Elizabeth Graver's fourth novel, The End of the Point, illuminates the powerful legacy of family and place, exploring what we are born into, what we pass down, preserve, cast off or willingly set free. Set in a summer community on Buzzard's Bay from 1942 to 1999, the book tells the story of one family and a place over half a century. Selected as one of ten books on the 2013 National Book Awards Long List in Fiction, The End of the Point received rave reviews from The New York Times and The Boston Globe and was a New York Times Notable Book of the Year.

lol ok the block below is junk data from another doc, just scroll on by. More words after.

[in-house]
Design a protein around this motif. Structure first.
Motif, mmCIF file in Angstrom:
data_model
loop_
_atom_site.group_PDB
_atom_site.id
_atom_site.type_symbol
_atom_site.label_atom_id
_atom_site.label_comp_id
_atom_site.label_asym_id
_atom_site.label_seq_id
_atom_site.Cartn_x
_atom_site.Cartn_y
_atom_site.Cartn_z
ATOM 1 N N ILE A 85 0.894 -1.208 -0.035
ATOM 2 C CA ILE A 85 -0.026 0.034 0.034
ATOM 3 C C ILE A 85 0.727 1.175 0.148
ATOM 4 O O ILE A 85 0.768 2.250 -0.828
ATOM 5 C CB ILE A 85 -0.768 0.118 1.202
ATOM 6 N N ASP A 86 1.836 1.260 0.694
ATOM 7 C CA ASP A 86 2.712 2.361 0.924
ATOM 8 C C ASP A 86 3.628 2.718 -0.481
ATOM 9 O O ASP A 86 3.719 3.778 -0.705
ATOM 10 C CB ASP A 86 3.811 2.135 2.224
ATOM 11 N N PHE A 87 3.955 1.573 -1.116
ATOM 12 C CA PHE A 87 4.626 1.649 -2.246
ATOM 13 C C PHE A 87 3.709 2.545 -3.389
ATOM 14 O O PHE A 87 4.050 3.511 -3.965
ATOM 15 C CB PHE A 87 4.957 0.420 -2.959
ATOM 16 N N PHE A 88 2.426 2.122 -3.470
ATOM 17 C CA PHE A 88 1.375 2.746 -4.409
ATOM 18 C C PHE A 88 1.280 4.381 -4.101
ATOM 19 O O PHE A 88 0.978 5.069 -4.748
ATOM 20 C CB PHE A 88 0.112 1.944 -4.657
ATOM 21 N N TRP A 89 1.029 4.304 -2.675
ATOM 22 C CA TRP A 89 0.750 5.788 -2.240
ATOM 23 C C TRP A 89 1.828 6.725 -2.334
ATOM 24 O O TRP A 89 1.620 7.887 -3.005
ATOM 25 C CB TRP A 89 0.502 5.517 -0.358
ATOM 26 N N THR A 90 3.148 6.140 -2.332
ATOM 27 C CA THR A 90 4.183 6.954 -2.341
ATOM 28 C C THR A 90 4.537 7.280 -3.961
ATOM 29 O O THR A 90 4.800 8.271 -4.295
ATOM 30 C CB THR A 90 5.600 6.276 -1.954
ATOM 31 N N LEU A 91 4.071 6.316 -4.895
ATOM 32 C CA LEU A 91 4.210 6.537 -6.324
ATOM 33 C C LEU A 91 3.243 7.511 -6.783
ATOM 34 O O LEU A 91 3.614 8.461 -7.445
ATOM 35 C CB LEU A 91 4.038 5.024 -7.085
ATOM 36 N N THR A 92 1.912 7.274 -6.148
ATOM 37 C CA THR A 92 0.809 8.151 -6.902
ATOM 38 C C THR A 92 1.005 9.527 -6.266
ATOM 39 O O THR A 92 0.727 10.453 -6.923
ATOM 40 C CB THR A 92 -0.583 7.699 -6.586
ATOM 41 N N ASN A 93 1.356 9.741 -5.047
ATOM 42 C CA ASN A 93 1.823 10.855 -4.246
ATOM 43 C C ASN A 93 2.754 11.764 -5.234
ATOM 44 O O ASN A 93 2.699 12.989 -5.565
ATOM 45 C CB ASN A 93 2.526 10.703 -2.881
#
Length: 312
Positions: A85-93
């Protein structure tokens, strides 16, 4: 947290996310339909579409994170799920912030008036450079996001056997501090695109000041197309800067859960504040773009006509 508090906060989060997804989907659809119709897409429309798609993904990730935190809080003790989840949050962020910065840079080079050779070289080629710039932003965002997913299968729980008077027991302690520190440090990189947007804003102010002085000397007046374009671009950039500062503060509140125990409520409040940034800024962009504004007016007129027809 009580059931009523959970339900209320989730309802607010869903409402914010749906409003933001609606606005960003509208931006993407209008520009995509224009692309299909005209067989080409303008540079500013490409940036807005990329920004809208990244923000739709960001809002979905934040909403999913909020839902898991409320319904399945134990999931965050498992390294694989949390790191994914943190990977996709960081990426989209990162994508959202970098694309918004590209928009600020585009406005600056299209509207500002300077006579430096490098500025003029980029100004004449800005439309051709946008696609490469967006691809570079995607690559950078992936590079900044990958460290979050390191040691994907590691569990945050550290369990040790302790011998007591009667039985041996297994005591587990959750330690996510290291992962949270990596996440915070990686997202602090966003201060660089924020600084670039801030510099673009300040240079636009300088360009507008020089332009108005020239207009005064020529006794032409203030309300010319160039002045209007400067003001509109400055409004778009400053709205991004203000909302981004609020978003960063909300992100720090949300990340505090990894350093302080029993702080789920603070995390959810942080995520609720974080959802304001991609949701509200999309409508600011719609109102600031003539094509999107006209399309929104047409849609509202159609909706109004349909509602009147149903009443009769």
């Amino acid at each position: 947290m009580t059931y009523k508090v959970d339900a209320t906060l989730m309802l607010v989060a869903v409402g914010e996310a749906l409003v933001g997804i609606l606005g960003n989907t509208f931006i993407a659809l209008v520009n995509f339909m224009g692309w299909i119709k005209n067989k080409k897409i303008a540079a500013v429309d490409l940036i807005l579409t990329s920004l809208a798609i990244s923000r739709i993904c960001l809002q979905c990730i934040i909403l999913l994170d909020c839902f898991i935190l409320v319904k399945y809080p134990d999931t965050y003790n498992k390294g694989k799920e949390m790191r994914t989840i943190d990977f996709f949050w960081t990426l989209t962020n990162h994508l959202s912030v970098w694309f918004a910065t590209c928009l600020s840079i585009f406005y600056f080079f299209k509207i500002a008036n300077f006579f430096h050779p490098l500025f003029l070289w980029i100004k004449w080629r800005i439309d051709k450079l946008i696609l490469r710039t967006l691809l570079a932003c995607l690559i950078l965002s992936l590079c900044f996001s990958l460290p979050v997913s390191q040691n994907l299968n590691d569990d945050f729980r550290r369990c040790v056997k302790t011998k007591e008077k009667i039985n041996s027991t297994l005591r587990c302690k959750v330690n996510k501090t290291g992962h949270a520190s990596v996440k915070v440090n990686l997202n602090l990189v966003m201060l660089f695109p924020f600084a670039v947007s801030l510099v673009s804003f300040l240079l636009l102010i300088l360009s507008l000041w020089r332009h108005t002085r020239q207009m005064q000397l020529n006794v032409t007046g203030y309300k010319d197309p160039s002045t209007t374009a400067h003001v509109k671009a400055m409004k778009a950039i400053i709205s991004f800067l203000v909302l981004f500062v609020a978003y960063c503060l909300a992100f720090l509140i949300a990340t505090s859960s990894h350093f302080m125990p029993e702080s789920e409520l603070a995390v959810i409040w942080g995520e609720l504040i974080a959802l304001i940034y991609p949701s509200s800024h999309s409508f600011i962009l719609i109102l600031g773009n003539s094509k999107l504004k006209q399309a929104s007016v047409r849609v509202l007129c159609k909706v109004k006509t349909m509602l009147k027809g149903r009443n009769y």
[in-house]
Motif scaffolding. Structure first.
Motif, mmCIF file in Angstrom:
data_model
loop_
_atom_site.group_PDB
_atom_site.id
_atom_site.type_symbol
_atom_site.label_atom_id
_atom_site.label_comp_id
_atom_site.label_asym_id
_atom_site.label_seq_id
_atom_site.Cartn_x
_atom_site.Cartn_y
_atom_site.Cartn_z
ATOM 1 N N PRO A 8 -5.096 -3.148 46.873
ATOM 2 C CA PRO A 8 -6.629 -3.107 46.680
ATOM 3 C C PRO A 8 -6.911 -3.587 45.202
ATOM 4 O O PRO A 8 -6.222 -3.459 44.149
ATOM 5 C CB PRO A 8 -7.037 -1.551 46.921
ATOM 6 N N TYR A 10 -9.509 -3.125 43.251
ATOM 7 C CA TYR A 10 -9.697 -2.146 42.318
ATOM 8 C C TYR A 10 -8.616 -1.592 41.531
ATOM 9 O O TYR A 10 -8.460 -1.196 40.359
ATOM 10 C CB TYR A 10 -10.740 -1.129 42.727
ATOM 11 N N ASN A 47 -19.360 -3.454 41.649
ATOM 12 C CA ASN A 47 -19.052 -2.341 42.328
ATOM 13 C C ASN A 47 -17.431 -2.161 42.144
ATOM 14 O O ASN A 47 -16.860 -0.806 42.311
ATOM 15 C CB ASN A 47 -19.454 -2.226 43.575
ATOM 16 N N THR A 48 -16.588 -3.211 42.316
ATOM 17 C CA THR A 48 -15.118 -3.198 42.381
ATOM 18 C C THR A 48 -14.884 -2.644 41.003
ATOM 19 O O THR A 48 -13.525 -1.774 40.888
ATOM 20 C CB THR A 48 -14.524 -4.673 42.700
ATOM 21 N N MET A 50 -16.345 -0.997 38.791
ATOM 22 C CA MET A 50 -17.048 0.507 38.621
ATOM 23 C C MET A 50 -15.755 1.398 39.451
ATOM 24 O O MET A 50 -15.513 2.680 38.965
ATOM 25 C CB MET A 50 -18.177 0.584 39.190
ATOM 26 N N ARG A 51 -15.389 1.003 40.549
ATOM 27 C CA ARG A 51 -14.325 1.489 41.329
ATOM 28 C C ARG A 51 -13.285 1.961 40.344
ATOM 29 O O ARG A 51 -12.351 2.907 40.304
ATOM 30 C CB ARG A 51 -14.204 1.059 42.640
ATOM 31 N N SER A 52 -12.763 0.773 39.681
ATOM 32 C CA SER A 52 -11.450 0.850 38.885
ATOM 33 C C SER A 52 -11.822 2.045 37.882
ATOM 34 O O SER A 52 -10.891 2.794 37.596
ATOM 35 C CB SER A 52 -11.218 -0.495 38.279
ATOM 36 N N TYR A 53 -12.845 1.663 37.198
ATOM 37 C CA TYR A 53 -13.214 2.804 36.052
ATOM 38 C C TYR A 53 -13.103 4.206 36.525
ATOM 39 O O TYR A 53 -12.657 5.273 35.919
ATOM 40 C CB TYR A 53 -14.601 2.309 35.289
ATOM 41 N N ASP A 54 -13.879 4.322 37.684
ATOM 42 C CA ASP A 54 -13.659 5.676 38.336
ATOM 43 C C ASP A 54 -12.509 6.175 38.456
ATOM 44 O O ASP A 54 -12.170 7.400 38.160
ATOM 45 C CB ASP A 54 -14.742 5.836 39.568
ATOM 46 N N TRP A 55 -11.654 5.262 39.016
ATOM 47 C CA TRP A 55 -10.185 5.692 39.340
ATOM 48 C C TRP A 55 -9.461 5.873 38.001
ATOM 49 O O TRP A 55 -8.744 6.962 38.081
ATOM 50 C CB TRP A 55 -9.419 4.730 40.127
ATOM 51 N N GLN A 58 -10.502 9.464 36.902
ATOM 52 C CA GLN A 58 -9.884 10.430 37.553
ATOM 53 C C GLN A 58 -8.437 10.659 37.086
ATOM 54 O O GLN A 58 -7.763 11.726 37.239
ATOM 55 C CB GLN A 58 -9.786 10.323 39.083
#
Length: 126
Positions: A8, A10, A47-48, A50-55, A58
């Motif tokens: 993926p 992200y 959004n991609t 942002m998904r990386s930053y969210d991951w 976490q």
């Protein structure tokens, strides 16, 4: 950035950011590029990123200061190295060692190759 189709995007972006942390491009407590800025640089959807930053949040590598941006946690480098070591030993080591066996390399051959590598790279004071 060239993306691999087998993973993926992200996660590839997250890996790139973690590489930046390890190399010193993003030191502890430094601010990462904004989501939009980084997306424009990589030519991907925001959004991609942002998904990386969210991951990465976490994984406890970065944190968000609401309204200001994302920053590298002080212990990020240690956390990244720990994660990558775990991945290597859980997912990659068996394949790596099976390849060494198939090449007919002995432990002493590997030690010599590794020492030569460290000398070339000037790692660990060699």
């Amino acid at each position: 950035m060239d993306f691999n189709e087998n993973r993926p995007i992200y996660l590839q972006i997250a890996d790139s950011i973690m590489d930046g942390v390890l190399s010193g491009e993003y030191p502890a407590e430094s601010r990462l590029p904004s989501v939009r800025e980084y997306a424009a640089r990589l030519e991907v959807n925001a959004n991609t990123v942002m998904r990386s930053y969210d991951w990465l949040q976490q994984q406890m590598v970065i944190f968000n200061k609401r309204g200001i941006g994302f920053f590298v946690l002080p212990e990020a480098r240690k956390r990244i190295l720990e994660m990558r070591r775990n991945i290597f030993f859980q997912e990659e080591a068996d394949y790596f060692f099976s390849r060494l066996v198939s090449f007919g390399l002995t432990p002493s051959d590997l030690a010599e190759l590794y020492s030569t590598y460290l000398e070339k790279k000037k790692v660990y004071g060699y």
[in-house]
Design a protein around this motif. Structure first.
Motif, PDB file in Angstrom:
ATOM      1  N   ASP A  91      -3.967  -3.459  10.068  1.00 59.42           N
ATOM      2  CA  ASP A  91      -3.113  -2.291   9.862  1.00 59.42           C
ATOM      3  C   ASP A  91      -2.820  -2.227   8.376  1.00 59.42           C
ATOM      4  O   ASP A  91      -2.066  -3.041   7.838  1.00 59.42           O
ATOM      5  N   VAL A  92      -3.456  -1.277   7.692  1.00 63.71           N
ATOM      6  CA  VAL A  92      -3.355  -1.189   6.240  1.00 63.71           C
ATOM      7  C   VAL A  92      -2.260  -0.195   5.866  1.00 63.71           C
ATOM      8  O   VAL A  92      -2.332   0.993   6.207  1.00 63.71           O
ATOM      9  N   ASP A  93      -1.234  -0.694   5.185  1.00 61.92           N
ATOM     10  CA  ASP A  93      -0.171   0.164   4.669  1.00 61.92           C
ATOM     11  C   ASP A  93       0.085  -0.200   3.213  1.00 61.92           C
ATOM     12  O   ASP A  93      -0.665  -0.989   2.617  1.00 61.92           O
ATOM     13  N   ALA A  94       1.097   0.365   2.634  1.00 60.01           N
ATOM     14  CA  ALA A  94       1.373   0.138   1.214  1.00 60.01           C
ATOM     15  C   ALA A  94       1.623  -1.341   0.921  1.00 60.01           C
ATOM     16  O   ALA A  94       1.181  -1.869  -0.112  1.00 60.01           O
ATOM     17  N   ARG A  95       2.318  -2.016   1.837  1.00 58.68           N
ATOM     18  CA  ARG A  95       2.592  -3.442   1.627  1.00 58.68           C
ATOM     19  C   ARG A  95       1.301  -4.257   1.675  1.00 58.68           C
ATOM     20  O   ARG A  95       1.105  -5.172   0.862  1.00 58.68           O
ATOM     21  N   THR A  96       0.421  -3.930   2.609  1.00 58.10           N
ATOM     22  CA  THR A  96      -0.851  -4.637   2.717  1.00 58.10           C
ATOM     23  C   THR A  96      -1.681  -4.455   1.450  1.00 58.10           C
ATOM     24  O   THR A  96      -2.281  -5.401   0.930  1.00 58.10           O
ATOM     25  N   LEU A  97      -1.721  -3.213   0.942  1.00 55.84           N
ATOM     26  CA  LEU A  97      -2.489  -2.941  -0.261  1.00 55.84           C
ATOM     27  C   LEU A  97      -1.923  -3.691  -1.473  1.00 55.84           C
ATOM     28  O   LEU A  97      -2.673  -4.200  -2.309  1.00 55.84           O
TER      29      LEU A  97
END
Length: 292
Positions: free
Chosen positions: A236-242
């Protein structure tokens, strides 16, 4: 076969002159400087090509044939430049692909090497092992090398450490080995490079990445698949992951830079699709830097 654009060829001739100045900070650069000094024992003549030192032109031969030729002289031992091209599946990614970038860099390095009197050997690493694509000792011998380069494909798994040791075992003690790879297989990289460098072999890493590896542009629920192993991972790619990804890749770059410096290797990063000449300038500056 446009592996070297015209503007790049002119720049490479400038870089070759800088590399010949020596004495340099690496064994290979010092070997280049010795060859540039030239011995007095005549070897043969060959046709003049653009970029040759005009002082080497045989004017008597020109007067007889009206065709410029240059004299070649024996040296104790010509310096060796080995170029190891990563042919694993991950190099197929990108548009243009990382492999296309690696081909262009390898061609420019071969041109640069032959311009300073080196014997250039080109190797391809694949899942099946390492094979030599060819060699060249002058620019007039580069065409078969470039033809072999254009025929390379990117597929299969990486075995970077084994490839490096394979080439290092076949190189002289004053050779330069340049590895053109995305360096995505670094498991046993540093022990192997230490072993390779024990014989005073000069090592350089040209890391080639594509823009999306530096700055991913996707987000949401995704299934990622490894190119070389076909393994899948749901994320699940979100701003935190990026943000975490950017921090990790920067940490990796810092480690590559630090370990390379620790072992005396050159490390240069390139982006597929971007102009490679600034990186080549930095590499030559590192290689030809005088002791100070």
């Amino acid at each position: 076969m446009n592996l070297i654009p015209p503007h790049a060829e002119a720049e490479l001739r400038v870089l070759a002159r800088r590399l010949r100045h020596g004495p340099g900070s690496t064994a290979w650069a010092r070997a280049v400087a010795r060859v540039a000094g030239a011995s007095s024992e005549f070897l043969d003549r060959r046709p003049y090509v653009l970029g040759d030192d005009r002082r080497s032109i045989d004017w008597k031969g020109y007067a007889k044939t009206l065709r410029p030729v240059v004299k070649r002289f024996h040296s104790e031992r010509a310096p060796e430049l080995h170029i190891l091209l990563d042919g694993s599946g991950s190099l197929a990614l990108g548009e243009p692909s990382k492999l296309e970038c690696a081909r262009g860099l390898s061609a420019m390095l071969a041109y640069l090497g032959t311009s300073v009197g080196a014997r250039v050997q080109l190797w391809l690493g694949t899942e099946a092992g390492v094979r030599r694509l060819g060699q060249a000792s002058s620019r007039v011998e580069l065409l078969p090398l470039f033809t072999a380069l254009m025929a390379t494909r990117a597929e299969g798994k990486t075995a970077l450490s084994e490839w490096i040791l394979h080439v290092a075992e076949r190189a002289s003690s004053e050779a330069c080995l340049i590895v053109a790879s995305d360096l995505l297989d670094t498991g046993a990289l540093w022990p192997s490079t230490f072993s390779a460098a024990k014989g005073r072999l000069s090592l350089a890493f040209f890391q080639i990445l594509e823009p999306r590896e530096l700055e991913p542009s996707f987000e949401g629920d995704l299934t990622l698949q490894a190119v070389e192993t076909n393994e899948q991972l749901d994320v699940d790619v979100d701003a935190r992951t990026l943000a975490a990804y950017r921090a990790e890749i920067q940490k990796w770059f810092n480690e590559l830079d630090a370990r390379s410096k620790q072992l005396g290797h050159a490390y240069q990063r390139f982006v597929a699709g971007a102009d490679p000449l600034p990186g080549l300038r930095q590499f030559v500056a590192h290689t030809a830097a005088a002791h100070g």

Graver is the author of three other novels: Awake, The Honey Thief, and Unravelling. Her short story collection, Have You Seen Me?, won the 1991 Drue Heinz Literature Prize. Her work has been anthologized in Best American Short Stories (1991, 2001); Prize Stories: The O. Henry Awards (1994, 1996, 2001); The Pushcart Prize Anthology (2001), and Best American Essays (1998). Her story "The Mourning Door" was awarded the Cohen Prize from Ploughshares Magazine. The mother of two daughters, she teaches English and Creative Writing at Boston College.
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